This week’s Cirrus post has links to:
Janko Roettgers’ post in Gigaom (2 June) about YouTube’s adoption of Creative Commons licenses, offering users the opportunity to publish video under the liberal CC-BY license.
Two posts from ReadWrite Enterprise (3 June) on collaboration:
News, then, begins to take on the architecture of the Internet itself: end-to-end. At one end are the witnesses sharing, at the other the readers reading and interacting, asking their own questions, having their own say, passing on and recommending what interests them. No need for a gatekeeper. No need for a distributor. No need for a central hub. No tolerance for controllers. The conversation is occurring on its own.
Gartners’ 5 Common Myths About Collaboration:
- The right tools will make us collaborative
- Collaboration is inherently a good thing
- Collaborating takes extra time
- People naturally will/will not collaborate
- People know instinctively how to collaborate
Nakia Pope’s paper on John Dewey (6 June)
The idea for this paper started with an image that is likely wholly imaginary but interesting nonetheless. It’s the late 1920s in New York City. John Dewey, after a busy day of teaching and working through the notes that will eventually become Individualism Old and New, leaves his office at Columbia University. Instead of turning south toward home, he turns north and east, into Harlem. He strolls for a bit, turns up 7th Ave., and stops in front of the Regent Theatre. He goes inside, takes off his coat, and catches the early showing of The Lights of New York. Fifty-seven minutes later, he leaves the Regent. He heads home, has a bite to eat with his daughter, but still feels restless. After dinner, he puts on his coat and hat and heads out again—this time to 51st and Broadway, where a bandleader named Fletcher Henderson is playing at a club called Roseland. Dewey stands in the back, bespectacled and moustached, and watches the people dance to this new music called jazz. Maybe he even has a drink . . . . I am not sure this ever happened, but it makes a compelling image, at least for someone…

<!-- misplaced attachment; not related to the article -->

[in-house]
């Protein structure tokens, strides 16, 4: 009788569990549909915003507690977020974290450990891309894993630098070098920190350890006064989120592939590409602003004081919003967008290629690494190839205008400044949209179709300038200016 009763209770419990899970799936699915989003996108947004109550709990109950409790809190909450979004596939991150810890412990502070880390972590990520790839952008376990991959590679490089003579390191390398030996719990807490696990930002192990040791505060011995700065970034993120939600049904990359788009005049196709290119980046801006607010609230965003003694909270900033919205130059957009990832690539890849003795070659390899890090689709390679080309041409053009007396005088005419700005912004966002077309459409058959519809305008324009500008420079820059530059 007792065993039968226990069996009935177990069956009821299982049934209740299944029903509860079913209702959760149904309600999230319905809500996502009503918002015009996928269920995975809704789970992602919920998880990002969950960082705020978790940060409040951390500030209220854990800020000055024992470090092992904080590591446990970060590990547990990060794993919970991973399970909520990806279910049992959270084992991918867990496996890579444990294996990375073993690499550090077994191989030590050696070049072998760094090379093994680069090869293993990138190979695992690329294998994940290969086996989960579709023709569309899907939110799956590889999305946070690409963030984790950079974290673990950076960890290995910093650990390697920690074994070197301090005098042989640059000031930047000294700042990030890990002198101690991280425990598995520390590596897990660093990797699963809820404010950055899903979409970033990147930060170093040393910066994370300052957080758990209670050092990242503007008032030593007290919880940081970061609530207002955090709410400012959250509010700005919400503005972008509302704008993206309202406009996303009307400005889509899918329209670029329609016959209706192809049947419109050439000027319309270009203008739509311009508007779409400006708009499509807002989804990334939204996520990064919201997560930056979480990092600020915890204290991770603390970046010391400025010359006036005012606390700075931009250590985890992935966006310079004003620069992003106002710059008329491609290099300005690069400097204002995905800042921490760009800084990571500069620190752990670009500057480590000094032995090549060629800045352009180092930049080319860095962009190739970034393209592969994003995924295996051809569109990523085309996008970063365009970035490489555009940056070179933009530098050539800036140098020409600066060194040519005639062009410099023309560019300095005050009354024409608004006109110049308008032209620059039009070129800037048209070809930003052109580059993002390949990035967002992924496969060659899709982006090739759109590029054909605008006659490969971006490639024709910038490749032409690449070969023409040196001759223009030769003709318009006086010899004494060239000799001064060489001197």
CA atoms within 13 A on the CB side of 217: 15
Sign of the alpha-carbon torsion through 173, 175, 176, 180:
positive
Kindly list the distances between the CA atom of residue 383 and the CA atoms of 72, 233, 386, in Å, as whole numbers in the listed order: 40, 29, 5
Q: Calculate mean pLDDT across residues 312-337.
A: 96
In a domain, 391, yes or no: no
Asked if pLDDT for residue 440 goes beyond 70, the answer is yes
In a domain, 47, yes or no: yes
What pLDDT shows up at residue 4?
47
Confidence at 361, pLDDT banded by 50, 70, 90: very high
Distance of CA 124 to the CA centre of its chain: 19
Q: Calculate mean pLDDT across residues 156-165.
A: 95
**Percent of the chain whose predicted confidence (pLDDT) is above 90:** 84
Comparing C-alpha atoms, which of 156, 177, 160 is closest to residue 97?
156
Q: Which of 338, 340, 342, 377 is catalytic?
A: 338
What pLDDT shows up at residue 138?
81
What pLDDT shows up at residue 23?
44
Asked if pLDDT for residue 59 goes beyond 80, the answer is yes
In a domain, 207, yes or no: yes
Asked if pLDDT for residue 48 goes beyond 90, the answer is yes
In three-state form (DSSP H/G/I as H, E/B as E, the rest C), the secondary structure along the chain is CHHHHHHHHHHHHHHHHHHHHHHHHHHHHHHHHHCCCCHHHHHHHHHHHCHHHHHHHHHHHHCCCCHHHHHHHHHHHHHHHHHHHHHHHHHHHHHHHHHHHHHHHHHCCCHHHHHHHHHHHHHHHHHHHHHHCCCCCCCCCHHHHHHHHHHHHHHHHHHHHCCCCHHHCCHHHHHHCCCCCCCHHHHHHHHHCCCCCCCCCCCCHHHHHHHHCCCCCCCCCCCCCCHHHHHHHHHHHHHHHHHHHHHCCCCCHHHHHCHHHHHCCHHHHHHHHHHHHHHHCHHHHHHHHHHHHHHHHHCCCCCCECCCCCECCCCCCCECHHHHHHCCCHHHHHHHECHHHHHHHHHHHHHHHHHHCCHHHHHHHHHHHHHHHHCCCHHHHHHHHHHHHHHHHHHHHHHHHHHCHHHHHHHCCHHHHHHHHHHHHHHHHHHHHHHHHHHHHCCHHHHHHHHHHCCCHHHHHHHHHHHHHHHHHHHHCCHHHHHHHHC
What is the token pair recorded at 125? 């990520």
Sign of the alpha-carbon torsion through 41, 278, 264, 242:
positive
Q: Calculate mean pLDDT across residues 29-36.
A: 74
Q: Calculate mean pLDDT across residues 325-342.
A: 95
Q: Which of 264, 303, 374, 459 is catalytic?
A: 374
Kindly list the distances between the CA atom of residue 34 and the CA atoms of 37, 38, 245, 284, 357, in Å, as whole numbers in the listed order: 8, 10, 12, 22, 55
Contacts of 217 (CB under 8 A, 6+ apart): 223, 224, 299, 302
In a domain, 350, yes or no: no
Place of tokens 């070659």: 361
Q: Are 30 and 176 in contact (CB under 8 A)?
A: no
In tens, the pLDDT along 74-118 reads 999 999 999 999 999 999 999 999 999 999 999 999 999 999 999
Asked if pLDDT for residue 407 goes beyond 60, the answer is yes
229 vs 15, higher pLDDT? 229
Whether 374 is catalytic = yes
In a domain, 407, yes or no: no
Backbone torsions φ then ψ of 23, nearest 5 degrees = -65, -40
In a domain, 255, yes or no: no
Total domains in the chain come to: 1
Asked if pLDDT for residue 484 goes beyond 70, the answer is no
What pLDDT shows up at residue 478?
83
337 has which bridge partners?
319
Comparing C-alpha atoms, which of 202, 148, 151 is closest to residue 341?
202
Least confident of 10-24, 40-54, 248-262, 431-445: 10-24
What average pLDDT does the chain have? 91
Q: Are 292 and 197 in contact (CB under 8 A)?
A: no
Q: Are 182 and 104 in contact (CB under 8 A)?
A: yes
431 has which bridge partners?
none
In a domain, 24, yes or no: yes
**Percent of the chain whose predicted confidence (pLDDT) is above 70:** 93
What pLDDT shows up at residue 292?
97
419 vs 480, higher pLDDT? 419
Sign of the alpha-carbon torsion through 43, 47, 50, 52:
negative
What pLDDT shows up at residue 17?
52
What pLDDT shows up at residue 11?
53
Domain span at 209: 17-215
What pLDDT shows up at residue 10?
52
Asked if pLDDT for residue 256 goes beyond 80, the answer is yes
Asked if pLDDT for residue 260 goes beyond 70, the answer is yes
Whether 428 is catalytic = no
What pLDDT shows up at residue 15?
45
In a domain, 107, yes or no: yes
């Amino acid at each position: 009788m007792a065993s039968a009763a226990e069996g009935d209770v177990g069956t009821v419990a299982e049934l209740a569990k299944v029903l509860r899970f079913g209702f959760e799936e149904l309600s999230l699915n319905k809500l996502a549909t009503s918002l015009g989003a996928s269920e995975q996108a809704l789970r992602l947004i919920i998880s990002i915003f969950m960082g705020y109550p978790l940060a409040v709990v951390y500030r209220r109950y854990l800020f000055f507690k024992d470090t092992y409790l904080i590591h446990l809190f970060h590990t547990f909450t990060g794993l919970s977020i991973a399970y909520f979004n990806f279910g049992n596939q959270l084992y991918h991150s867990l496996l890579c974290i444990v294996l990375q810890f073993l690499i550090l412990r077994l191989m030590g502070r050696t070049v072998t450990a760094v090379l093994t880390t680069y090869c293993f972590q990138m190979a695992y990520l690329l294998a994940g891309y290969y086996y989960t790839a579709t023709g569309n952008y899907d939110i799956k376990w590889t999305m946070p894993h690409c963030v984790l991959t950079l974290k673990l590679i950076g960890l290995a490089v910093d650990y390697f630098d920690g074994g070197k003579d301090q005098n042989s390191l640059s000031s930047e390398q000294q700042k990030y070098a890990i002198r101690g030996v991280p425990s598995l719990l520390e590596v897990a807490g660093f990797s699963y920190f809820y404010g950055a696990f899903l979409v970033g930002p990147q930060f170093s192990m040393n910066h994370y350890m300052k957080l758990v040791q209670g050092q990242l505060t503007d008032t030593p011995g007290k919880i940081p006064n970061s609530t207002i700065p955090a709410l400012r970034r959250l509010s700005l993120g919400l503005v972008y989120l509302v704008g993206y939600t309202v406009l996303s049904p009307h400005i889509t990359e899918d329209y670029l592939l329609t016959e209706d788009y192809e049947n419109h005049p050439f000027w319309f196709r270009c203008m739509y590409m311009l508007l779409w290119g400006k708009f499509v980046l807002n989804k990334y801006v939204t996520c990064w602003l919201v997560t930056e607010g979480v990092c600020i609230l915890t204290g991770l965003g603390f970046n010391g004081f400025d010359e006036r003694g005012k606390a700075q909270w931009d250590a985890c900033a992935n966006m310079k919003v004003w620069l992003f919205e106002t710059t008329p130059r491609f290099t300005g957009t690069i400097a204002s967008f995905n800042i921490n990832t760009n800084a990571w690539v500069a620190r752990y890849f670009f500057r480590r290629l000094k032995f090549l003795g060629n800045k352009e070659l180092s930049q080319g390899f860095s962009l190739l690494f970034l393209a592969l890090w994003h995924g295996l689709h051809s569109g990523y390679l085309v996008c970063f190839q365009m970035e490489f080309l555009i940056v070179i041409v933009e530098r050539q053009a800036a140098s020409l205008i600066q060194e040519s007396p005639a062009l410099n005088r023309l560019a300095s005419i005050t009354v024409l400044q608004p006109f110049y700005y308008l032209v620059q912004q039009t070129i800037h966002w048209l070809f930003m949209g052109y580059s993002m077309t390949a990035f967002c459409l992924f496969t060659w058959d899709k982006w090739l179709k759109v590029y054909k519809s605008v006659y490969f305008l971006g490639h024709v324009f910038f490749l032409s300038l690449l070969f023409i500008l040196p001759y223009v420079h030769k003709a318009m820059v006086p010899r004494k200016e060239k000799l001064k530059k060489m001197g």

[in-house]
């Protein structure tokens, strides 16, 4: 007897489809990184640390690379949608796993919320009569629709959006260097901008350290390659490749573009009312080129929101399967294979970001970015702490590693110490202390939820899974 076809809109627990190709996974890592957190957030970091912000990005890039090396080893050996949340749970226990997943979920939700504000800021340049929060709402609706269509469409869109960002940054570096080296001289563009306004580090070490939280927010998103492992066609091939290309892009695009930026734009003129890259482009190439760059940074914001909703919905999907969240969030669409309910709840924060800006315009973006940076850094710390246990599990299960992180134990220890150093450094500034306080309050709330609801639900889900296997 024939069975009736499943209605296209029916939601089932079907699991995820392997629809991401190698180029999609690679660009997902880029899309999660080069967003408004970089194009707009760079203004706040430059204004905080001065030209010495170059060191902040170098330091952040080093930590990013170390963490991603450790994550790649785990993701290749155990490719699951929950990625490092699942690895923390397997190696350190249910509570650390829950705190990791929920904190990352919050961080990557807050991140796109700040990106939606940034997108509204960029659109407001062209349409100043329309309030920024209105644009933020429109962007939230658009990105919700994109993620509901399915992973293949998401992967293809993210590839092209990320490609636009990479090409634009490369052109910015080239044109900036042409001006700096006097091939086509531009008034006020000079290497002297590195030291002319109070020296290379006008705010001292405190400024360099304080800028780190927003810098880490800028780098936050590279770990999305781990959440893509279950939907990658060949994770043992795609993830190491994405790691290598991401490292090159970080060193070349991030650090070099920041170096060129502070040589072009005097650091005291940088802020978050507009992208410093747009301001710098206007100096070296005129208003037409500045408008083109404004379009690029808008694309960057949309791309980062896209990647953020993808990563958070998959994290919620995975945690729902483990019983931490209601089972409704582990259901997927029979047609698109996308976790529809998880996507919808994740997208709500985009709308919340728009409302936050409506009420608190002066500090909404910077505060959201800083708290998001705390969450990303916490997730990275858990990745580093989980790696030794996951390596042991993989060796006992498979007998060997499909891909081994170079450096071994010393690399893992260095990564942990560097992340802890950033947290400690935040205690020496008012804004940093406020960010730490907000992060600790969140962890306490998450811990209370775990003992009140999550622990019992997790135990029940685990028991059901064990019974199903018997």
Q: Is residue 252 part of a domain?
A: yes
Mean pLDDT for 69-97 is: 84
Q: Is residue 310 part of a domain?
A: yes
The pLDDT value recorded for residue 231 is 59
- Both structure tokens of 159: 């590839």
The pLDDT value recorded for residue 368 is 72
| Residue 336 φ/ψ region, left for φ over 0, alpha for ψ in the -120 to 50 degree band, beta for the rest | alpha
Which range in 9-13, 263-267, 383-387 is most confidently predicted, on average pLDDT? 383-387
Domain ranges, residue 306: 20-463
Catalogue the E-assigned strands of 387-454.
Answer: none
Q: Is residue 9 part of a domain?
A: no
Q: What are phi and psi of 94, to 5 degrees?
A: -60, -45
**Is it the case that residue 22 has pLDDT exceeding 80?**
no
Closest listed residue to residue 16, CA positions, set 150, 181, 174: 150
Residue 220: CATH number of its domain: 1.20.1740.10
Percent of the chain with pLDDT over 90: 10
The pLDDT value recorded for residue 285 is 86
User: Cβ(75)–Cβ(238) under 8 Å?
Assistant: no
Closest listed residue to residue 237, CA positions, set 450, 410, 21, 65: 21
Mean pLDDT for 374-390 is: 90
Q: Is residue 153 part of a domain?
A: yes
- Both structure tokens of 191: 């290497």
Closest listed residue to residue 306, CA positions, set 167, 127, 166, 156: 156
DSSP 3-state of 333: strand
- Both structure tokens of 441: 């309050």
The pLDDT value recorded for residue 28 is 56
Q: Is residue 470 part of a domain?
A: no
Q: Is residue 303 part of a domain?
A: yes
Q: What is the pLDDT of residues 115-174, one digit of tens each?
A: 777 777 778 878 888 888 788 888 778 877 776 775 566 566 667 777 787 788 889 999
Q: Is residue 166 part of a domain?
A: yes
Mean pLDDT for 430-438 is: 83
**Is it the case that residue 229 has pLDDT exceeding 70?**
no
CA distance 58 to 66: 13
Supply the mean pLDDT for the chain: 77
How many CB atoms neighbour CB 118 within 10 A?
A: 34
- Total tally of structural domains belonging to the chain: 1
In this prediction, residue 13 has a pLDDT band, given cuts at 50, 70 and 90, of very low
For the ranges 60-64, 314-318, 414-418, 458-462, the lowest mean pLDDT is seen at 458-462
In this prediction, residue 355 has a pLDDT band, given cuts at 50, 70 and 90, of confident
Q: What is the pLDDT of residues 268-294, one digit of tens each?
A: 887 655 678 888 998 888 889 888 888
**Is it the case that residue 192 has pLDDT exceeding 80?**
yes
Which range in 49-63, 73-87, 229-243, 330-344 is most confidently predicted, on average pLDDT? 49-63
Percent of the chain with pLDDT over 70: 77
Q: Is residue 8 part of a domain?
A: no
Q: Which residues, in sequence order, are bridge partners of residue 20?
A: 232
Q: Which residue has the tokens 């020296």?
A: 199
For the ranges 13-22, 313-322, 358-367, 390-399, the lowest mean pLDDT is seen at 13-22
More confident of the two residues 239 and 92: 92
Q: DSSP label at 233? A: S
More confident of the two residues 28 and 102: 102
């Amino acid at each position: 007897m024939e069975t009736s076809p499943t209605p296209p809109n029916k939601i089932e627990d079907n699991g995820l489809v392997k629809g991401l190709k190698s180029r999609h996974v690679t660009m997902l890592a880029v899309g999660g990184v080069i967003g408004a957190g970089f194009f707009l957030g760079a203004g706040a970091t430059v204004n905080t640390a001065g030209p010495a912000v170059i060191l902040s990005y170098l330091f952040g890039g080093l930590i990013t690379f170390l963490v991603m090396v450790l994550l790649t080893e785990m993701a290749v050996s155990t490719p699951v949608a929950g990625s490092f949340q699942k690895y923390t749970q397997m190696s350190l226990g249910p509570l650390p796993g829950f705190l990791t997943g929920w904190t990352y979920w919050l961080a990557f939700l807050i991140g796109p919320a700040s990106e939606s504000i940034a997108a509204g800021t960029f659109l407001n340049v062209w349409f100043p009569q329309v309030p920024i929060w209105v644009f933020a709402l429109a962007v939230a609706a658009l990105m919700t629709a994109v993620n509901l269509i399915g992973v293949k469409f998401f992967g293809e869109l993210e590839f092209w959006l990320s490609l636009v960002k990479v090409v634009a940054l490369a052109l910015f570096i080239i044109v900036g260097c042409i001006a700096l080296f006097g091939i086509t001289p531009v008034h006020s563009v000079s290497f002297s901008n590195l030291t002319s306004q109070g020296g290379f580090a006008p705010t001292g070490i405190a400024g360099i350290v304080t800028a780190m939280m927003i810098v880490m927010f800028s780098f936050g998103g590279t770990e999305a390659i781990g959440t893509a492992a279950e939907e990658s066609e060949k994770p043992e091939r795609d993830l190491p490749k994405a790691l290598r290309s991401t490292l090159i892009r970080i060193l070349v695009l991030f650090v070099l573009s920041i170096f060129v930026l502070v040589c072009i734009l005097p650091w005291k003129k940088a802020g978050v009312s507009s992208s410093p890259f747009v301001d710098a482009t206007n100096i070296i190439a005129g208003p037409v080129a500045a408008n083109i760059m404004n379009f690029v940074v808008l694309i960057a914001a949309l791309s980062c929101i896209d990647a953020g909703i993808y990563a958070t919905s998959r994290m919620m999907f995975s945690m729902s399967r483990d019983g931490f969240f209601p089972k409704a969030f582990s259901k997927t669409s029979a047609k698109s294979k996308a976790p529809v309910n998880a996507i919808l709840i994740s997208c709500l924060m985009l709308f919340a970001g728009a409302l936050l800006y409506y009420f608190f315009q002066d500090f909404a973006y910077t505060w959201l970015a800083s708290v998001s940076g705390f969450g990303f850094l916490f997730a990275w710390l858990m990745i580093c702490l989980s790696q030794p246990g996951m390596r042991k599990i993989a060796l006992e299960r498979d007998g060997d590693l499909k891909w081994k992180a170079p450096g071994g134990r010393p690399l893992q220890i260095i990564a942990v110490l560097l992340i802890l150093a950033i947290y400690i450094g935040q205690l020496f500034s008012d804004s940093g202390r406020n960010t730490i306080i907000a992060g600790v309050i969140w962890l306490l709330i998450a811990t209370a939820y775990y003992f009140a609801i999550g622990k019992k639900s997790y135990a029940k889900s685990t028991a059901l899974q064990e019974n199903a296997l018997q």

Toolchest.me, SayClip, iCloud (7 June), Bundlr (8 June), Collaborize (9 June)
LTAS (7 June)
Stephen Downes’ OLDaily (7 June) … a bumper edition … as was 9 June
Krossover (8 June)
Krossover, which went live in late 2010, is making inexpensive analytics tools available over the web for basketball and lacrosse coaches at small colleges and high schools. It also offers players a way to study their games and create video highlight reels to post on Facebook or other sites. In March, ESPN tested Krossover at its National High School Invitational, with an eye toward a possible partnership.
The Demand for Convenience (8 June)
Users are ultimately “satisficing,” which is defined by other researchers as “a judgment that the information is good enough to satisfy a need.” With information abundant, and time and attention scarce, there are many more opportunities and motivations for satisficing.
Oranges and Sunshine (9 June) … recovering identity with Margaret Humphreys
Between the 1920s and the 1960s, more than 130,000 children were forcibly taken from their families in the United Kingdom and shipped to other Commonwealth countries such as Australia, New Zealand and Canada under the Child Migrant Program.
Cowed by the Crowd (11 June) Jonah Lehrer in the Wall Street Journal
And yet, while the Web has enabled new forms of collective action, it has also enabled new kinds of collective stupidity. Groupthink is now more widespread, as we cope with the excess of available information by outsourcing our beliefs to celebrities, pundits and Facebook friends. Instead of thinking for ourselves, we simply cite what’s already been cited. We should be wary of such influences. The only way to preserve the wisdom of the crowd is to protect the independence of the individual.
Goldman and Rao (11 June) Allocation and Dynamic Efficiency in NBA Decision Making.